In recent years, various factors, including economy, education, food security and access to proper
healthcare and immunization programs, have led to unhealthy behaviours, inappropriate diets and a
sedentary lifestyle, which have favored the development of noncommunicable diseases (NCDs). This
term, often also referred to as “chronic diseases”, describes medical conditions or diseases that
are noninfectious, of long duration, generally characterized by slow progression (Pop et al., 2019)
and are the result of a combination of genetic, physiological, environmental and behavioural factors
(WHO, 2014). The World Health Organization (WHO) statistics report that NCDs kill 41 million people
each year, equivalent to 71% of all deaths globally (WHO, 2014).
The main types of NCDs are cardiovascular diseases (like heart attacks and stroke), cancers,
chronic respiratory diseases (such as chronic obstructive pulmonary disease and asthma) and
diabetes. Cardiovascular diseases account for most NCD deaths, or 17.9 million people annually,
followed by cancers (9.0 million), respiratory diseases (3.9 million), and diabetes (1.6 million)
Modifiable behaviours, such as tobacco use, physical inactivity, unhealthy diet and the harmful use
of alcohol, all increase the risk of NCDs (WHO, 2014). Metabolic risk factors contribute to four key
metabolic changes that increase the risk of NCDs: hypertension, overweight/obesity, hyperglycemia
and hyperlipidemia. In terms of attributable deaths, the leading metabolic risk factor globally is
elevated blood pressure, followed by overweight and obesity and raised blood glucose (WHO, 2014).
Although NCDs have their major impact on global mortality and morbidity in adulthood, statistics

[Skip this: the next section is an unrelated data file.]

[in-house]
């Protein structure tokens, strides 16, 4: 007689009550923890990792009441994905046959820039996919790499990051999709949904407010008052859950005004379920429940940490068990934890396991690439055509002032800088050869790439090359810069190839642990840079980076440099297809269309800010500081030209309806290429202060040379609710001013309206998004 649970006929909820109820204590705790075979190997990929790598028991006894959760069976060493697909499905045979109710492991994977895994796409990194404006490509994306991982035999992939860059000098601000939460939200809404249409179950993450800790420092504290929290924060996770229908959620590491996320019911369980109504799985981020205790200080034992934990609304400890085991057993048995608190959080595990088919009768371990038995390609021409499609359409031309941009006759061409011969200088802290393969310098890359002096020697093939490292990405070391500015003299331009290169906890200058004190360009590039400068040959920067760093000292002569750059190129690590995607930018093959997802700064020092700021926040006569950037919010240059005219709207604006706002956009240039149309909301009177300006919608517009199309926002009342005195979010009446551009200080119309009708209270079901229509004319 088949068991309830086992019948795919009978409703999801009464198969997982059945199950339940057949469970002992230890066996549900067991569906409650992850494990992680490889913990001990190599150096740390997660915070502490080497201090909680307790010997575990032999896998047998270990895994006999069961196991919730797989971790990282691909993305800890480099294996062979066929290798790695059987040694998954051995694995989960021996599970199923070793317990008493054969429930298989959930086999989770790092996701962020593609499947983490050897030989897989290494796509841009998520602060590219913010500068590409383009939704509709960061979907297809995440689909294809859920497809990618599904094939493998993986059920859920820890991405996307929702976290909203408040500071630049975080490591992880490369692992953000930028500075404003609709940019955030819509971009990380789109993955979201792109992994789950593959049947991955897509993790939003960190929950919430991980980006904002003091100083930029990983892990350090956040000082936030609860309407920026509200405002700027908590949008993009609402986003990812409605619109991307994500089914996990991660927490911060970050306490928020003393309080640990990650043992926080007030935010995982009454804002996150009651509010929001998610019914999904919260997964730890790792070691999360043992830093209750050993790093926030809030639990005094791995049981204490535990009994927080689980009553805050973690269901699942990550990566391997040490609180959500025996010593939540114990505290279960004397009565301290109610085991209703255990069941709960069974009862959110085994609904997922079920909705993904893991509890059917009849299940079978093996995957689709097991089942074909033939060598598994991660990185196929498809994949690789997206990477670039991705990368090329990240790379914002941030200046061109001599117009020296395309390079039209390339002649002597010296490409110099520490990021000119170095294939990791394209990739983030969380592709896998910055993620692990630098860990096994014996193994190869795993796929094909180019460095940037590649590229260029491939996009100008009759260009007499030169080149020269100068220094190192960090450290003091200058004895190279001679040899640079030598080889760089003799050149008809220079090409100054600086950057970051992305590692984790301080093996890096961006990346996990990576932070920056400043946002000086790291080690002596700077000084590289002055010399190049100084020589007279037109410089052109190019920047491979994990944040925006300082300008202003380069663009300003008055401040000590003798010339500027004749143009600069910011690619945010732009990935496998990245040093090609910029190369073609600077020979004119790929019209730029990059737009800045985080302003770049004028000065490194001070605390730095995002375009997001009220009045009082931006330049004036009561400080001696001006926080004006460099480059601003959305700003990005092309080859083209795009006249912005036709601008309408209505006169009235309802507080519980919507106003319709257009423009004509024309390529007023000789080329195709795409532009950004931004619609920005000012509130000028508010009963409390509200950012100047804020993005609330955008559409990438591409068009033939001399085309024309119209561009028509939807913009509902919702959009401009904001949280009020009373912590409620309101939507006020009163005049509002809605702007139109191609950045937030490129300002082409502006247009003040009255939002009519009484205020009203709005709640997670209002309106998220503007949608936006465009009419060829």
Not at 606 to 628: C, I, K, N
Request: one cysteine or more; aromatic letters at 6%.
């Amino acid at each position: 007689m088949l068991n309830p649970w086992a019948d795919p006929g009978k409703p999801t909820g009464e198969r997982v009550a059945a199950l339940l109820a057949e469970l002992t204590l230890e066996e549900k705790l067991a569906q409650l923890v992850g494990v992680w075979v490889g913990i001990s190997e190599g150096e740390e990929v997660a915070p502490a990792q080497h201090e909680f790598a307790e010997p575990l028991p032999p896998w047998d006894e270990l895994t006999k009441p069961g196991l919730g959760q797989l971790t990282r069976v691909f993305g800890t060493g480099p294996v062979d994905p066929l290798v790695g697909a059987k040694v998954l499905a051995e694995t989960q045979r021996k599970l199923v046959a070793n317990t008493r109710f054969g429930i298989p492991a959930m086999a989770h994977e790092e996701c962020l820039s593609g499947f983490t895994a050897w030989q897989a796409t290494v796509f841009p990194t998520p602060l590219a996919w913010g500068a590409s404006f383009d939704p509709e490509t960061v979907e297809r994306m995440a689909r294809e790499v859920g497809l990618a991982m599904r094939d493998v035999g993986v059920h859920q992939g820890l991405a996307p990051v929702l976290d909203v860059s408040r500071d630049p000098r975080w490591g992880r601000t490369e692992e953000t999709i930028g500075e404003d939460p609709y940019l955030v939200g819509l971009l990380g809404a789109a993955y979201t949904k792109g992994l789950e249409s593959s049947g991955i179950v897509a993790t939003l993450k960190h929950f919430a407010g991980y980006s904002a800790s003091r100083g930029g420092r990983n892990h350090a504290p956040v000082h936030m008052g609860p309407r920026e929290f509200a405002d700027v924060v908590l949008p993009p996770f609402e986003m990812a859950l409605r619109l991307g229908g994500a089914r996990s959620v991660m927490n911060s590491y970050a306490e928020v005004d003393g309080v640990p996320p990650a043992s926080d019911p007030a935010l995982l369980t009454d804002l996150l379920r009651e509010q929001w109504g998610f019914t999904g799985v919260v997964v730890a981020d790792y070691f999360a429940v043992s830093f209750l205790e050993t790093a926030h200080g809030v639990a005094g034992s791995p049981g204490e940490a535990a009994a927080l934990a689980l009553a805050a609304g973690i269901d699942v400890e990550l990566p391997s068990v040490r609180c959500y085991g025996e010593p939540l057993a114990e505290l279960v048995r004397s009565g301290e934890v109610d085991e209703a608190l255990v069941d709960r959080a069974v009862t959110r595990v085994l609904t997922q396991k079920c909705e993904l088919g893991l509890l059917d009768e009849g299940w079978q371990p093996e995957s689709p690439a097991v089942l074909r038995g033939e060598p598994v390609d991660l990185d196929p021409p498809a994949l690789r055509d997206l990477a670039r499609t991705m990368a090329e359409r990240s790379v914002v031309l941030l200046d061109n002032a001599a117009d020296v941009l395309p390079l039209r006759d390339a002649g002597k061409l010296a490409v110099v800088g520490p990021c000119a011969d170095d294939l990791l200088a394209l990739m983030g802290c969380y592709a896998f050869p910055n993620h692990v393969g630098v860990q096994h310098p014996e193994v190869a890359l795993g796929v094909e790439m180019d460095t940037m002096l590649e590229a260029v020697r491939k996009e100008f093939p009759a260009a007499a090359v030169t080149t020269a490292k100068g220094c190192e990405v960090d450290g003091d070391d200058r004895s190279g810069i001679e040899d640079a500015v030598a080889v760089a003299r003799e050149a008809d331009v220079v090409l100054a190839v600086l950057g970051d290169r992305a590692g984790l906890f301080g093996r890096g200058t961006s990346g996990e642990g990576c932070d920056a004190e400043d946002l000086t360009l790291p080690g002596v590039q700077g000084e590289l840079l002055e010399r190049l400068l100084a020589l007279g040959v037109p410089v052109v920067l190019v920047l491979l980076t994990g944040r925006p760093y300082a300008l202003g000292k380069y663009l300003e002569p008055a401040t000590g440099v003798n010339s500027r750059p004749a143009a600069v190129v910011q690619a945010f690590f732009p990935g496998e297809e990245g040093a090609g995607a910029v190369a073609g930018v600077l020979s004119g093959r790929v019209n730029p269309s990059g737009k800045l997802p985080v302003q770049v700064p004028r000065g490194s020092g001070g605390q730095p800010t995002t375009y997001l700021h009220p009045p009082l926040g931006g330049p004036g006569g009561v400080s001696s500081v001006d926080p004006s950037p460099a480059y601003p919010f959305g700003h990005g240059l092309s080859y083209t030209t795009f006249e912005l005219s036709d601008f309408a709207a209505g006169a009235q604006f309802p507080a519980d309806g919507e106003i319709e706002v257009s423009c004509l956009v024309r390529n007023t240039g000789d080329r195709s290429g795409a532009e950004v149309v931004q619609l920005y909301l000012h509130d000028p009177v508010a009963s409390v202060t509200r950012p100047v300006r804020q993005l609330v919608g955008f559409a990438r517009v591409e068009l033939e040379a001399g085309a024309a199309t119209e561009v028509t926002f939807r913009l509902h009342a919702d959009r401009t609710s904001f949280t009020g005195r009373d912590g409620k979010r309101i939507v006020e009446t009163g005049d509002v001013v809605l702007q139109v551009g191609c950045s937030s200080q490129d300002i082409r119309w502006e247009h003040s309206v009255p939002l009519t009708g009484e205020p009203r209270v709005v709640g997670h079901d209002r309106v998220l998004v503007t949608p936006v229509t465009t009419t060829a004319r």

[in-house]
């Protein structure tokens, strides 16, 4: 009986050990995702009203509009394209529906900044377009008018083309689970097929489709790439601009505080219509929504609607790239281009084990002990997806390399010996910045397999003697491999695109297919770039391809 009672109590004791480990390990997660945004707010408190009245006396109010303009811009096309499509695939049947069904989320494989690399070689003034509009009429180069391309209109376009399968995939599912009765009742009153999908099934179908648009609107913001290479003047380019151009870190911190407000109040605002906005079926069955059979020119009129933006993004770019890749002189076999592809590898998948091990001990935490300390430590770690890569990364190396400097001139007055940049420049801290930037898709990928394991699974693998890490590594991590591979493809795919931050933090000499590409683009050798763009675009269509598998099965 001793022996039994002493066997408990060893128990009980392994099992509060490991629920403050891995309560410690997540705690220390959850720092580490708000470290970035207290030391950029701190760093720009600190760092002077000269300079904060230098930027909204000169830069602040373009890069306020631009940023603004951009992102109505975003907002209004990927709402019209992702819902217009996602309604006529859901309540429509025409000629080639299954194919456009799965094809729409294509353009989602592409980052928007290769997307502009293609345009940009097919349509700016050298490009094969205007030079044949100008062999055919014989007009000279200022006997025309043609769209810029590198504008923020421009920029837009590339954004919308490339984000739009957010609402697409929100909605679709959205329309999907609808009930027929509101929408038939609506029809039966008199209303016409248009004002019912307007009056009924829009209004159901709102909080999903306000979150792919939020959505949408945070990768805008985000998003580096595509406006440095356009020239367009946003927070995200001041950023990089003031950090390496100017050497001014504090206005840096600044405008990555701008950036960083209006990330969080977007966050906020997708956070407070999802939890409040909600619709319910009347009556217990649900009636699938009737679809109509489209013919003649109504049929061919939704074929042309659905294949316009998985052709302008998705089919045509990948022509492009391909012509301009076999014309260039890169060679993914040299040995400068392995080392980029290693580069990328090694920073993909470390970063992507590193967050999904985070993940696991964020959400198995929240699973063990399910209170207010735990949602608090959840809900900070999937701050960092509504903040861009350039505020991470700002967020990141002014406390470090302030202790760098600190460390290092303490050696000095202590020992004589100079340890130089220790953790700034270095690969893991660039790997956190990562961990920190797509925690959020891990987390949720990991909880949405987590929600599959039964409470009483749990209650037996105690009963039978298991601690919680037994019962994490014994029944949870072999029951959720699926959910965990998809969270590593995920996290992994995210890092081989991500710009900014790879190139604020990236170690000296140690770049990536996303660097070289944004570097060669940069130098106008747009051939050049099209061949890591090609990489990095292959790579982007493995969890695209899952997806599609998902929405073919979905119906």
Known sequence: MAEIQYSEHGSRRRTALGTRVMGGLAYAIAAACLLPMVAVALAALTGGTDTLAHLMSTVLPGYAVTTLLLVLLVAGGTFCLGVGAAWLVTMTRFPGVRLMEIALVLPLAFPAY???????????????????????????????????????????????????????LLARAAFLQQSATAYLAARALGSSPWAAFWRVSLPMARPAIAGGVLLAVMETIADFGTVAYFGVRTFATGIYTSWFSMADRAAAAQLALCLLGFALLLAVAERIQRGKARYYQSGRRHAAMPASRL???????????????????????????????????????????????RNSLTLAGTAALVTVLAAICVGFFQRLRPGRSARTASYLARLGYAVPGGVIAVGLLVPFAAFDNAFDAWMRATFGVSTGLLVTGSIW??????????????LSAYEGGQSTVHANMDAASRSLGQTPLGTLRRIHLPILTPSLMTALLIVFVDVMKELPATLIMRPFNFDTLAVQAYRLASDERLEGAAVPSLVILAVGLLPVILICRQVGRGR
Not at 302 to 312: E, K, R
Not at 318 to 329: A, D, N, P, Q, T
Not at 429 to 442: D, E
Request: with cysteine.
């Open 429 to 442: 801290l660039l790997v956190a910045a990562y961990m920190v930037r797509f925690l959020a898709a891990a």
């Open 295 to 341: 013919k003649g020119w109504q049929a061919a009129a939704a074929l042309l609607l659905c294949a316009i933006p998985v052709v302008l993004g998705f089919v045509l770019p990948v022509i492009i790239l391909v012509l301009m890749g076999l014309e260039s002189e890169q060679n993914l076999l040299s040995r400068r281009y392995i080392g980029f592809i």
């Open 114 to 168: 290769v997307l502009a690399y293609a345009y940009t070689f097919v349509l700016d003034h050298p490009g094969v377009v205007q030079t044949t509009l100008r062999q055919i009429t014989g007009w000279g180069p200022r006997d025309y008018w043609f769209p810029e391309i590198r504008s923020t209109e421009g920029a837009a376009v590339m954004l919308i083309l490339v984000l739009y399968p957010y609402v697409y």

show a significant impact of NCDs on children and adolescent. This is the main reason why the
working group on social pediatrics and public health of the European Paediatric Association, the
Union of National European Paediatric Societies and Associations, is actively engaged in contrasting
the expansion of NCDs through the promotion of preventive program. The object is to further raise
the attention of healthcare professionals worldwide about the importance of healthy lifestyle
promotion, counseling, and follow-up in the prevention of NCDs during developmental years (Pop et
Children are particularly vulnerable to NCDs. The causes of obesity are complex and based on several
elements, including genetic and physiological factors, eating and physical activity habits, and
growth patterns in early life, all influenced by a variety of social determinants. Well-designed and
planned preventive programs are the primary measures to combat overweight and obesity, through
targeting their related risk factors in children and adolescents. Alcohol, drug abuse, and tobacco
are also also widely recognized to be important risk factors exposing children to NCDs. Most people
who smoke or use tobacco products began at young age, and teens who use tobacco and/or alcohol are
more likely to use drugs (Pop et al., 2019). It is thought that parental tobacco and alcohol use
compromises the physical and mental health of children in three ways: 1) direct exposure to the
substances; 2) living with parents who may become ill from using these substances; and 3) children’s
modeling of parental substance use. All these aspects are of great relevance for their implications